Transformations Magazine January 2014 - page 15

Albany’s Purdue campus.
Unlike Trevor, Brandon
is a non-traditional
student: he is 36 years
old and married. Both
of Brandon’s parents
have dyslexia, so they
recognized the symptoms
of dyslexia in Brandon
when he was very young.
Because of the difficulties
they experienced as
persons with dyslexia,
they chose to enroll
Brandon at the de Paul
School in Louisville, a
school whose mission
is to provide a quality
education for students
who have learning
disabilities. He attended
de Paul for second
through fifth grade,
and said that the daily
routine focused on
organization—papers and
pencils were checked in
each day—and there was
a great deal of repetition.
Each subject was taught
two times per day and a
multi-sensory approach
was used: visual, aural,
and tactile. Through this
experience, he learned
that organization and
planning were keys to
his success as a student.
Now, every semester he
must re-learn a routine
for each of his classes and
establish an organization.
Brandon’s journey
through higher education
has been neither easy
nor direct. Purdue is
his eighth college. He
originally studied film
at Watkins College for
Art, Design, and Film
in Nashville, and at
Scottsdale Community
College.
“If you want
to see someone
with dyslexia
struggle, throw
him into a lab
where everything
must be done
in a specific
order without
any advance
preparation. It’s
demoralizing.”
Brandon Shell
Later, he began to
challenge himself by
pursuing subjects in
the sciences; math and
science had always
been more challenging
for him because of his
learning disability. What
works best for Brandon
is to have a professor
who explicitly explains
criteria and expectations
for the course, the
exams, and individual
assignments. He needs
to be able to prepare
for class ahead of time:
know the assignment,
read the material, take
notes, and understand
the nature of an exercise.
He must read slowly in
order to comprehend
the material. Group
work and lab work
are very frustrating
because everything is
spontaneous.
“If you want to see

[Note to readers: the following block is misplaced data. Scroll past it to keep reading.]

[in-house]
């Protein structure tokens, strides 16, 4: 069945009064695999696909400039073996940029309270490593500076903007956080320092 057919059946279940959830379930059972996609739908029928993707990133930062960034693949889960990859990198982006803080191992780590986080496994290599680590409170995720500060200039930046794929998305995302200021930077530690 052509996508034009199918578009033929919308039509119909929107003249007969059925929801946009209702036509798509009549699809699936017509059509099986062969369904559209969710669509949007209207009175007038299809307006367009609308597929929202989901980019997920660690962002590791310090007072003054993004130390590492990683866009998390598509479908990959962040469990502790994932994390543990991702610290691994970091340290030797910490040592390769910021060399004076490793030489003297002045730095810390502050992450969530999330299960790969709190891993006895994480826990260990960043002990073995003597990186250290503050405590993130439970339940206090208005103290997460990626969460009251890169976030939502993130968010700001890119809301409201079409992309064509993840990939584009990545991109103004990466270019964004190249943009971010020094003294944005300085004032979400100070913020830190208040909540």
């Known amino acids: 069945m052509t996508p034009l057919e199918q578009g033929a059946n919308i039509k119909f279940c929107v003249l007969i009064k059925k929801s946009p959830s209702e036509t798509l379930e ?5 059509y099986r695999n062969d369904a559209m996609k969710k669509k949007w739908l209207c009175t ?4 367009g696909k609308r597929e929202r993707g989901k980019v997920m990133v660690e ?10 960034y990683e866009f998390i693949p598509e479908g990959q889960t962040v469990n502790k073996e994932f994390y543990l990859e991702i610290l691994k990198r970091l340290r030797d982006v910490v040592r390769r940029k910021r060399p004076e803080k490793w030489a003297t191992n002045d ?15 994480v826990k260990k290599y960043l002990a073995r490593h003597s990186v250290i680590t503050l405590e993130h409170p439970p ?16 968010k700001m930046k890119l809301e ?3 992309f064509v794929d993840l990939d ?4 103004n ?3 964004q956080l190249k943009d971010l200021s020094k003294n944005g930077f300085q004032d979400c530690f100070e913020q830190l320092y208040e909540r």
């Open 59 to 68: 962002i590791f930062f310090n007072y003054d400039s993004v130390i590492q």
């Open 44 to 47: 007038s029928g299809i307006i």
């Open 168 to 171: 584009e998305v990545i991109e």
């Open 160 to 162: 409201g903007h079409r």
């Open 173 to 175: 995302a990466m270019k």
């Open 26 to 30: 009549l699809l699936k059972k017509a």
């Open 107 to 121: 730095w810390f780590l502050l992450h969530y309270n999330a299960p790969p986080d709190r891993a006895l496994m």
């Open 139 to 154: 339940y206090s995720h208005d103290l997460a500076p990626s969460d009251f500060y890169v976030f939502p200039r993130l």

someone with dyslexia
struggle, throw him into
a lab where everything
must be done in a
specific order without
any advance preparation.
It’s demoralizing. At
the end of the lab [the
professor] wants to see
the results and have
you explain the results.
Everyone around you
is writing down their
results and you are
just frazzled and tired.
Heaven forbid that you
have a partner who has
to put up with you. So
what I have learned to
do is ask my professor to
give me the labs ahead
of time so I can read
through the assignment,
take notes, and prepare.
If you count the time I
put in before the actual
lab, it takes me three
times longer than anyone
else to complete a lab.”
Jody Hamilton-Johnson
is a senior journalism
major at IU Southeast.
Unlike Trevor and
Brandon who were born
with learning disabilities,
Jody acquired her
learning disability from
a traumatic brain injury
(TBI). Her injury was
similar to the injury
suffered by Christopher
Reeve: her top two
vertebrae were shattered
in an accident. Doctors
did not expect her to be
able to walk after the
injury. Prior to her injury,
Jody had strong math
skills and was a trained
pianist who could play by
ear. Today math is very
difficult for her; she can
no longer play music by
ear and struggles reading
sheet music. At one time,
Jody could speak French
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